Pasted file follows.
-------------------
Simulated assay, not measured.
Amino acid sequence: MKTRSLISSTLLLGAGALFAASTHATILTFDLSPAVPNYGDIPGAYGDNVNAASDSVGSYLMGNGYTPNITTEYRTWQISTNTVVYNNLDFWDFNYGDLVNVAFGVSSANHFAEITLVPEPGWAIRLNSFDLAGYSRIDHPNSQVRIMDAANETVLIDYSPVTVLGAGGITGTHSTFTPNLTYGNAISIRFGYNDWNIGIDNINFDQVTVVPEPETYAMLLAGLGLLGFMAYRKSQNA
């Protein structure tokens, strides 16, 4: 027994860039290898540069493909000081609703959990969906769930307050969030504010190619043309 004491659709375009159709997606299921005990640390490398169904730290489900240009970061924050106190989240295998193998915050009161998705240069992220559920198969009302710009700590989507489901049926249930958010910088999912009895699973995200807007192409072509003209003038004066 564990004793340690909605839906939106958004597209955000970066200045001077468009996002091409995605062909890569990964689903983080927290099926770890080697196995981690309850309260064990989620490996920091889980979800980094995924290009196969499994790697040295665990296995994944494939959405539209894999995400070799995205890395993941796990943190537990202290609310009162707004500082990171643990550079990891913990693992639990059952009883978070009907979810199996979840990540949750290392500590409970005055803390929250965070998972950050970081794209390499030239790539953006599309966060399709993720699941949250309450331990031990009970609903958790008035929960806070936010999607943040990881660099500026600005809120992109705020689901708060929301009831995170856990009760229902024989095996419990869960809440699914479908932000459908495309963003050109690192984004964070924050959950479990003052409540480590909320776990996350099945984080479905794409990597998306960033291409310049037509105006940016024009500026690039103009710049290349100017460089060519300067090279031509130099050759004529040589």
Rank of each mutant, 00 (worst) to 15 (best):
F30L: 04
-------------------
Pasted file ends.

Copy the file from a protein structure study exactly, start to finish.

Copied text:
Simulated assay, not measured.
Amino acid sequence: MKTRSLISSTLLLGAGALFAASTHATILTFDLSPAVPNYGDIPGAYGDNVNAASDSVGSYLMGNGYTPNITTEYRTWQISTNTVVYNNLDFWDFNYGDLVNVAFGVSSANHFAEITLVPEPGWAIRLNSFDLAGYSRIDHPNSQVRIMDAANETVLIDYSPVTVLGAGGITGTHSTFTPNLTYGNAISIRFGYNDWNIGIDNINFDQVTVVPEPETYAMLLAGLGLLGFMAYRKSQNA
């Protein structure tokens, strides 16, 4: 027994860039290898540069493909000081609703959990969906769930307050969030504010190619043309 004491659709375009159709997606299921005990640390490398169904730290489900240009970061924050106190989240295998193998915050009161998705240069992220559920198969009302710009700590989507489901049926249930958010910088999912009895699973995200807007192409072509003209003038004066 564990004793340690909605839906939106958004597209955000970066200045001077468009996002091409995605062909890569990964689903983080927290099926770890080697196995981690309850309260064990989620490996920091889980979800980094995924290009196969499994790697040295665990296995994944494939959405539209894999995400070799995205890395993941796990943190537990202290609310009162707004500082990171643990550079990891913990693992639990059952009883978070009907979810199996979840990540949750290392500590409970005055803390929250965070998972950050970081794209390499030239790539953006599309966060399709993720699941949250309450331990031990009970609903958790008035929960806070936010999607943040990881660099500026600005809120992109705020689901708060929301009831995170856990009760229902024989095996419990869960809440699914479908932000459908495309963003050109690192984004964070924050959950479990003052409540480590909320776990996350099945984080479905794409990597998306960033291409310049037509105006940016024009500026690039103009710049290349100017460089060519300067090279031509130099050759004529040589």
Rank of each mutant, 00 (worst) to 15 (best):
F30L: 04